Constance Y. White, 42, was recruited to Charlotte to be vice president of public art at the Arts & Science Council, where she intends to “raise the level of acculturation for public art in the Charlotte region.” Born and raised in Dallas, Texas, she earned a B.F.A. in art history with a focus on Greek antiquities from Southern Methodist University’s Meadows School of the Arts. She spent nine years as the public art coordinator for the city of Dallas, and eight as art program manager at the San Diego International Airport. White’s artistic skills include printmaking, painting and designing jewelry.
Q. What’s the first piece of clothing you remember choosing yourself?
A. I believe they were Garanimals. There were tags on the clothes, which helped you to mix and match with patterns and colors. For me, this was fun.
Q. How did your parents affect your style?
A. My dad always wanted my clothes to be ironed. My mother always wanted my clothes to match.
Q. What would surprise people about your style choices?
A. I shop everywhere. I shop at Target, at Goodwill, at Neiman’s and Saks Fifth Avenue in New York. I shop at Ann Taylor. The label doesn’t matter. If you like it and it feels good, it should be part of your collection.
Q. How does your sense of style help you do your job?
A. Art is a translation of style and taste. It is subjective. I see the world through a lens that makes me investigate how things come together.
Q. How does it affect your color choices?
A. I investigate nature a lot. When you go outdoors, you see a mismatch of colors and shapes and how they interact with each other. That is God’s expression. Even on my drive to work, I watch how the environment changes so much, the trees change with the light.
Q. How does the translation of style and taste affect the choice of an art installation?
A. My preference for facilitating the process is to let the artist know the place first. I would never buy something I’ve not seen. It’s hard to make something for a place where you have never been. How do you measure the authenticity?
Q. What color do you favor?
A. Blue. It’s ethereal, it can be soft or stark. It’s related to the elements, water and sky. It’s my nonrepresentational persona.
Q. Tell me about your dream dress.
A. It’s by Monique Lhuillier. I saw it in a magazine two years ago. A year ago she was having a sample sale and I drove to L.A. They only made eight of these dresses and it was $10,000. I didn’t buy it, but later I was interviewed in San Diego, and they published a photo of the dress with the interview. Two years later Monique Lhuillier was selling samples. The salesperson called me, and it was the right size.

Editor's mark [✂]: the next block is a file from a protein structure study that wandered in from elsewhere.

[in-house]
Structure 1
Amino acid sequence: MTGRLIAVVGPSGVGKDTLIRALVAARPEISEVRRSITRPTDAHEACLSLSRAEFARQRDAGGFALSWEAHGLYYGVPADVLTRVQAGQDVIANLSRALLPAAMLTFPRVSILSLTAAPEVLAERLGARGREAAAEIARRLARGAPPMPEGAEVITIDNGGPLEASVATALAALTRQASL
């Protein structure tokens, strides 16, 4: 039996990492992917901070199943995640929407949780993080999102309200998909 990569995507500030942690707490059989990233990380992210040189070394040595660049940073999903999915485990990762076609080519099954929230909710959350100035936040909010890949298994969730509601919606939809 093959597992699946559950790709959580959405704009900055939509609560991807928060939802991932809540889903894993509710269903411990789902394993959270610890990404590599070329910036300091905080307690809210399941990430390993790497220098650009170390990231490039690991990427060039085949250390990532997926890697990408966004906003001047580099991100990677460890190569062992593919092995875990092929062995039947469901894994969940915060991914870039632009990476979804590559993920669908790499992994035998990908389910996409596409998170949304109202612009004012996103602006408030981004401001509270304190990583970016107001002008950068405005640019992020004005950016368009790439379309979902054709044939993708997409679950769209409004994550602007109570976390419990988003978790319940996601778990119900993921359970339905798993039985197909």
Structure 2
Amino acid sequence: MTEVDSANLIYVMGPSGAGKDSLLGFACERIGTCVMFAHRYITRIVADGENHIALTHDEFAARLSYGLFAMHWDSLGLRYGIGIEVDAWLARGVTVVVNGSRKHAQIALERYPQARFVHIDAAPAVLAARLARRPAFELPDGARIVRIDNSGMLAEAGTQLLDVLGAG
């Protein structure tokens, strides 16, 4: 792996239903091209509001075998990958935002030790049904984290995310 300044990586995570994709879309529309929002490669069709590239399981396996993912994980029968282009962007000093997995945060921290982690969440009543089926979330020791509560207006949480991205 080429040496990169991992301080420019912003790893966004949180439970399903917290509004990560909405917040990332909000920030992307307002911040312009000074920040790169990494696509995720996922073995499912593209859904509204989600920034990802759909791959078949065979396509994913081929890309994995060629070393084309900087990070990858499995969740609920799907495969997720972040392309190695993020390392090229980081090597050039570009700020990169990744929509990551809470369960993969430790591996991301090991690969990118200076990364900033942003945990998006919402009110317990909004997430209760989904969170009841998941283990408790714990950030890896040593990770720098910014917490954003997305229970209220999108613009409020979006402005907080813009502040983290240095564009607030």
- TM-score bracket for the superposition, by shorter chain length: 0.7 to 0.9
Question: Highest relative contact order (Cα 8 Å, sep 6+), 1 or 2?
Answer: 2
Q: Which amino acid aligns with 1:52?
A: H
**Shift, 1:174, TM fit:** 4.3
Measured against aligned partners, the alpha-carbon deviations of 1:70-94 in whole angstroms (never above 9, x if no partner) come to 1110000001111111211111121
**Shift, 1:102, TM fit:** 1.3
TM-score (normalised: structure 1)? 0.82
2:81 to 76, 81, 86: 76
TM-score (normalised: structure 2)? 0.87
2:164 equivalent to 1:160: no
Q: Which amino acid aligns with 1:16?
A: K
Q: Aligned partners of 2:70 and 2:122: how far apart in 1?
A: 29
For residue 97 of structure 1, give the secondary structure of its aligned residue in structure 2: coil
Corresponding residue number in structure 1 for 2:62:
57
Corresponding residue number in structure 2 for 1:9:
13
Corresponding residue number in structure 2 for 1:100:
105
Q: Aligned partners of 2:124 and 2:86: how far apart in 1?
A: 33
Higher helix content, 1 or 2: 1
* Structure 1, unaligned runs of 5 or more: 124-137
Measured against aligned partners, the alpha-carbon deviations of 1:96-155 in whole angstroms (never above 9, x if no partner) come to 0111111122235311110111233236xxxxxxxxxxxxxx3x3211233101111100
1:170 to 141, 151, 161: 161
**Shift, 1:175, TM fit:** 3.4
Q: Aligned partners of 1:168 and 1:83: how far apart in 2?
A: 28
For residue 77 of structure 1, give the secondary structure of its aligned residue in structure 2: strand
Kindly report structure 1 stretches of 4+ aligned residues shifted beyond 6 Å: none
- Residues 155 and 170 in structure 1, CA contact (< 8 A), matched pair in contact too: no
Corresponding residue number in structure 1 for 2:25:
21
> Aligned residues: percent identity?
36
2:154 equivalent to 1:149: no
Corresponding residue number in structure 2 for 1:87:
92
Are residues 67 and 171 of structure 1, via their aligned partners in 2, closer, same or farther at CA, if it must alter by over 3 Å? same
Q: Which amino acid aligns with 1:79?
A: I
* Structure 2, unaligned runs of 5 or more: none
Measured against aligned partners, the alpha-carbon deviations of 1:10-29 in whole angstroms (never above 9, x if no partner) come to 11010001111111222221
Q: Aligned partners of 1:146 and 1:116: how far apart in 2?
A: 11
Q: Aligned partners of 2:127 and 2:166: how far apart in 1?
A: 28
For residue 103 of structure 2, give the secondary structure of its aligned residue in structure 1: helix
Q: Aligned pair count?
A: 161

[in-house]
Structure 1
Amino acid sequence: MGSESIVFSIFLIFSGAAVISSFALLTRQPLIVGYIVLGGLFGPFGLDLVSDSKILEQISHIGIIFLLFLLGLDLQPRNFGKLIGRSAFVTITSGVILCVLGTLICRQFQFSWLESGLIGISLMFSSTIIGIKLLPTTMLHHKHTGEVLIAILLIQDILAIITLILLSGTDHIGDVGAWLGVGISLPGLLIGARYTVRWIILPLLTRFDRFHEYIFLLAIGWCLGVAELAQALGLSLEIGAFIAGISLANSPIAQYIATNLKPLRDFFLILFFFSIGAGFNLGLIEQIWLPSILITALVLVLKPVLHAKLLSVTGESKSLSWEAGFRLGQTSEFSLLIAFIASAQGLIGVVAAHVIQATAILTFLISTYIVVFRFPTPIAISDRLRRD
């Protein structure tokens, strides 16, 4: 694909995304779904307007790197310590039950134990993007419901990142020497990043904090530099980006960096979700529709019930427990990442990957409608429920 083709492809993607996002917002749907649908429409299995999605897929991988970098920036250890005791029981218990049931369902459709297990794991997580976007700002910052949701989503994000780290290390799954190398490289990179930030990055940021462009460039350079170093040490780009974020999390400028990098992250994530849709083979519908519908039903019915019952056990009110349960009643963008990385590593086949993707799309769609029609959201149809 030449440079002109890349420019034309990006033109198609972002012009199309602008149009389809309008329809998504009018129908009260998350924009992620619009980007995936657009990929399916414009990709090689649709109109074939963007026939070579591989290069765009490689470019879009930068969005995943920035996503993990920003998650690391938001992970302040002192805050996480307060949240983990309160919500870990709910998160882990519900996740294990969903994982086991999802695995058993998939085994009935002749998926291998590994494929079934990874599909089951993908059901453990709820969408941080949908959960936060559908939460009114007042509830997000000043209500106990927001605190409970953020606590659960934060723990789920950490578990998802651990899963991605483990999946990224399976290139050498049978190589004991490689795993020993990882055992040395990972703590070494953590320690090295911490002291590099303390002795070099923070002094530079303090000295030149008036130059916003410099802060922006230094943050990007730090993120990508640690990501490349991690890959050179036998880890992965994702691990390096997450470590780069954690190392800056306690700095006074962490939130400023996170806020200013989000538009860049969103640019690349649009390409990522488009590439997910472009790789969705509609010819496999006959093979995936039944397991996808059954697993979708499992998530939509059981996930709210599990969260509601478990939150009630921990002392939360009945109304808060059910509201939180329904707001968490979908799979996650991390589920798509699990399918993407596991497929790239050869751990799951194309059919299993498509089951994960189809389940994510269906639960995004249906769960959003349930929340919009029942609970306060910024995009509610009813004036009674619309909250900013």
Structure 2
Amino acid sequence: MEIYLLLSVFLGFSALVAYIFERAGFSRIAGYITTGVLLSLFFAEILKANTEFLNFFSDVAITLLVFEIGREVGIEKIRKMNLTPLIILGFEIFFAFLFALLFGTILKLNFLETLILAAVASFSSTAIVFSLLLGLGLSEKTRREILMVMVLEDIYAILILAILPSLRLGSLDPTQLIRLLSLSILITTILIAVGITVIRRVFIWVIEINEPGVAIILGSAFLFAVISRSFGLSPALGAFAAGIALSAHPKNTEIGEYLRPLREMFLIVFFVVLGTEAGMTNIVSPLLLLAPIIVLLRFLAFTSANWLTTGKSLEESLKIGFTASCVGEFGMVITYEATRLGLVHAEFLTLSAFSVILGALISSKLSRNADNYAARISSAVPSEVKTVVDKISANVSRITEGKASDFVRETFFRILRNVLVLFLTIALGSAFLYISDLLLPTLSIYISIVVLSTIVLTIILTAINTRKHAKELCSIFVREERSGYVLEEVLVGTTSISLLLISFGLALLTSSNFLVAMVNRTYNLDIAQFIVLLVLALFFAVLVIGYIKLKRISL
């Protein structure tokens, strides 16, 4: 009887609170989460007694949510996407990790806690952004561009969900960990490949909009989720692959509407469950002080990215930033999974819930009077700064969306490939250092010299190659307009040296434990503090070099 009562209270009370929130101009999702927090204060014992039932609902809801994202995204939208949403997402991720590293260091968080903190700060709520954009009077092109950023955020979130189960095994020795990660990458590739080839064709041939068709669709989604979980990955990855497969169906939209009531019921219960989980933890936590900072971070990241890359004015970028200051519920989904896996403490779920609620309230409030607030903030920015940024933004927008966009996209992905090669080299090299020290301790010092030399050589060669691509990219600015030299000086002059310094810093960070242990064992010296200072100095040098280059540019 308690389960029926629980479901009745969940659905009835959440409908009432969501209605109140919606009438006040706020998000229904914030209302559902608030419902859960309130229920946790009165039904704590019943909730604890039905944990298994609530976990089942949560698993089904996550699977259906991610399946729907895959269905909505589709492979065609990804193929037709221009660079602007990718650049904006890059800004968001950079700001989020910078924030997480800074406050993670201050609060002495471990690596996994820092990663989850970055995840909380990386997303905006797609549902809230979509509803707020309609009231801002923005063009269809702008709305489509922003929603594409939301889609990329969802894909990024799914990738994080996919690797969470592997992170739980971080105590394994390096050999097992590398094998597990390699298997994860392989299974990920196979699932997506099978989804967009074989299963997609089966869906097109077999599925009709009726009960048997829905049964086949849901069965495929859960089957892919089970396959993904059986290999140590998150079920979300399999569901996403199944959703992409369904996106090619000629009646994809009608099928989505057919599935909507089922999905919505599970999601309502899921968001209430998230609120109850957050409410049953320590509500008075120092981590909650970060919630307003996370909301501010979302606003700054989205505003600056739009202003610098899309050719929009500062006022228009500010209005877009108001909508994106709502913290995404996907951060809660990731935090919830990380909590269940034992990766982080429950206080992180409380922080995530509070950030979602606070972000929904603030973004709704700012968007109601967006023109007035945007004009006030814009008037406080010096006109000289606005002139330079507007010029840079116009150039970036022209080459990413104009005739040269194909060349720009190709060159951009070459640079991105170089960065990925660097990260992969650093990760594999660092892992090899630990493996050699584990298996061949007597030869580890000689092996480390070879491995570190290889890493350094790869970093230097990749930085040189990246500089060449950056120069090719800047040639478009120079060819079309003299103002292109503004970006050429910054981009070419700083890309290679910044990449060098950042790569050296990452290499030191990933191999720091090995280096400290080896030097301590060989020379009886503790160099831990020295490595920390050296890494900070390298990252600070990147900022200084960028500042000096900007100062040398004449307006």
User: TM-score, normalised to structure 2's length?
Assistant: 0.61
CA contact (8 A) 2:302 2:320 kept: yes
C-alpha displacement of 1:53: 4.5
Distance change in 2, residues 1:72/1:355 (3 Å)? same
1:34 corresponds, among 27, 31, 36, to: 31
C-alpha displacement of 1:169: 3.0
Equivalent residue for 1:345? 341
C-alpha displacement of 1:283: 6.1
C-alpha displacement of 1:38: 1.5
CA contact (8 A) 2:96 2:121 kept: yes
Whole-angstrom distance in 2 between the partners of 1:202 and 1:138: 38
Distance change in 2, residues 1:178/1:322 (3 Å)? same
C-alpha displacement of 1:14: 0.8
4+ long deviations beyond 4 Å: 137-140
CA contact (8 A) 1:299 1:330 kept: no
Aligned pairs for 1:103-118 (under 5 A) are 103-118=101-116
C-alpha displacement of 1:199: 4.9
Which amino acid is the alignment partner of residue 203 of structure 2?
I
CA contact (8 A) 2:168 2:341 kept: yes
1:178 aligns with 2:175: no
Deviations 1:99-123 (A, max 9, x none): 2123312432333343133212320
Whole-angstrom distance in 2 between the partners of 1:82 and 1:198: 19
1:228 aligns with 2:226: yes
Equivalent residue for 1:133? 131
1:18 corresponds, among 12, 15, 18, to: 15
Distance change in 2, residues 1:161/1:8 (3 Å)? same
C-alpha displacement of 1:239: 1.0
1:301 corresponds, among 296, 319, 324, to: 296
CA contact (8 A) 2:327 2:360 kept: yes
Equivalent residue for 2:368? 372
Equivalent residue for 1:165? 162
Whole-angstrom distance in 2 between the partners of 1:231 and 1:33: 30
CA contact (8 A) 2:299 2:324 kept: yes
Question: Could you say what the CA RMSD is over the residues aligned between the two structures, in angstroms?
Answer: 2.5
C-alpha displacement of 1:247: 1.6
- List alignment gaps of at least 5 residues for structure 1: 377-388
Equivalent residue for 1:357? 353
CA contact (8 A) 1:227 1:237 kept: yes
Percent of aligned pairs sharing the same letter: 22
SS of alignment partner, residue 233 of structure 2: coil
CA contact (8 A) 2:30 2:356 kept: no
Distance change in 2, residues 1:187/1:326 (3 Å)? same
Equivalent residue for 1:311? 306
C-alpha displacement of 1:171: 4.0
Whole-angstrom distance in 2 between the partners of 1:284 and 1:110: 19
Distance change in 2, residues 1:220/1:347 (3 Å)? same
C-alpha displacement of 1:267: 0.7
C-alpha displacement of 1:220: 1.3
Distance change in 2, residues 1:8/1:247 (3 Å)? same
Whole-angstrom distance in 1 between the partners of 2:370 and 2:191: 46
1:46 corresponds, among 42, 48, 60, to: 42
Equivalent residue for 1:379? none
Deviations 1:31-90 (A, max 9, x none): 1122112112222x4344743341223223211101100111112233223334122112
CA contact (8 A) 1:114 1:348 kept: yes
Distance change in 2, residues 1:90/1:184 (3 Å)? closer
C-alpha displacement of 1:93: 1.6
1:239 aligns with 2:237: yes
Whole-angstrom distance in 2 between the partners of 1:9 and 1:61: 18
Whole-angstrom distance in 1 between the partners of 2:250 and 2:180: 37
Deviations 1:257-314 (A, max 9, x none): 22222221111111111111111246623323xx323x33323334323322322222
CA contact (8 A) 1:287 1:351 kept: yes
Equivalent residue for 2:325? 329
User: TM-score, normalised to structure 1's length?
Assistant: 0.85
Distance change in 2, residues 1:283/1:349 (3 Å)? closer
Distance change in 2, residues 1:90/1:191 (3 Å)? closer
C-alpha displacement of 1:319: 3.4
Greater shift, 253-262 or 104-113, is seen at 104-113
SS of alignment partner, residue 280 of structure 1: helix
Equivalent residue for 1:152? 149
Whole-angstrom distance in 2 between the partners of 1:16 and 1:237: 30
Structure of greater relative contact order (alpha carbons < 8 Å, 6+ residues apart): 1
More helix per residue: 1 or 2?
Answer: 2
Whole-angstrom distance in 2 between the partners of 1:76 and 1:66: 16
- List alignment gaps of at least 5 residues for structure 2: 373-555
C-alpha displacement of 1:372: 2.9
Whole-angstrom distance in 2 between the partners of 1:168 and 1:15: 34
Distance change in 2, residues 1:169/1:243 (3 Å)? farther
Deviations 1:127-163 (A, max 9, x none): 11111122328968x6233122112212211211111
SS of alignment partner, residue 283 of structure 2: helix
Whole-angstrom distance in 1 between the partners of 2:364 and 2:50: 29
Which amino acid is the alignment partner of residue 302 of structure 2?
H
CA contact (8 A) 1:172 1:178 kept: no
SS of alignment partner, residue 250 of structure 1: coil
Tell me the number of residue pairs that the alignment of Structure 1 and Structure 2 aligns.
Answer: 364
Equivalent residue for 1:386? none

Q. You’re prone toward high heels?
A. I have an early memory of seeing my grandmother in high heels and I couldn’t wait for her to take her feet out of them so I could put them on and clunk around. My first pair of heels were gray with a little bow, and I begged my mother for them and I wore them until I had to staple everything back together.
Q. What three things are always in your purse?
A. A journal, a bell on my key chain and something art-related, like a brochure or magazine.
Q. What piece of clothing can’t you live without?
A. Pencil skirts, and if I see one I like that is articulated by a particular stitching or piping, I’ll buy one in every color.
Q. What are two staples of your wardrobe?
A. T-shirts and tank tops. I like Mossimo T-shirts from Target because you can dress them up or down. It’s because I just came from San Diego, where layering is important because there are microclimates.
Q. Describe your look in three words.
A. Eclectic, original, confident.
Q. What does your hair say about you?
A. My grandmother would say “Why?” It says being an individual is important to me.
Q. What are your favorite products?
A. I am loyal to AmorePacific skincare. I like DivaGirl hair products and for makeup, I am a Beauty Insider at Sephora. My level is Sephora VIB Rouge.
Q. What do you miss about San Diego?
A. I miss having that moment when I would walk to my garage and I could hear the hummingbirds do their squawking chirp. San Diego has a very eclectic quality, that whoever you are and whatever you do, it’s OK.
Q. Who is your muse?
A. My daughter. I’m in awe of her as a human being. I feel very blessed and honored that God gave me the privilege of being her mother.
Q. Tell me a pet peeve.
A. I would like for women to think more about their body types and the clothes they put on – because I studied Greek antiquities, and I think every body form is beautiful. When we accentuate that through fashion, everyone can see that beauty. It esteems us.
Q. Have you made a bad fashion choice?
A. I have a collection of skinny jeans and I’m not skinny.
Q. What was your biggest splurge?
A. My car. Grace is a Mercedes Benz SLK280 convertible. It was the car I wanted in high school.
Q. What’s your favorite drink?
A. Manhattan, up. I’m stuck on Jefferson’s Reserve right now, but I like Basil Hayden’s bourbon also. I also like Ketel One vodka martinis up, extra cold and dry, and if possible, a blue-cheese-stuffed olive.
Q. What’s the challenge of moving to a new city?
A. Orientation. Establishing something habitual.
Q. What intriguing art exhibit have you recently seen?
A. We were in a gallery in Chelsea (New York City) and they allowed Doug Aitken to dig a hole in the concrete floor and it was filled with what looked like milk, and the gallery was painted black. If you listened, you could hear this substance drip into this hole. There were so many people, and it was so quiet.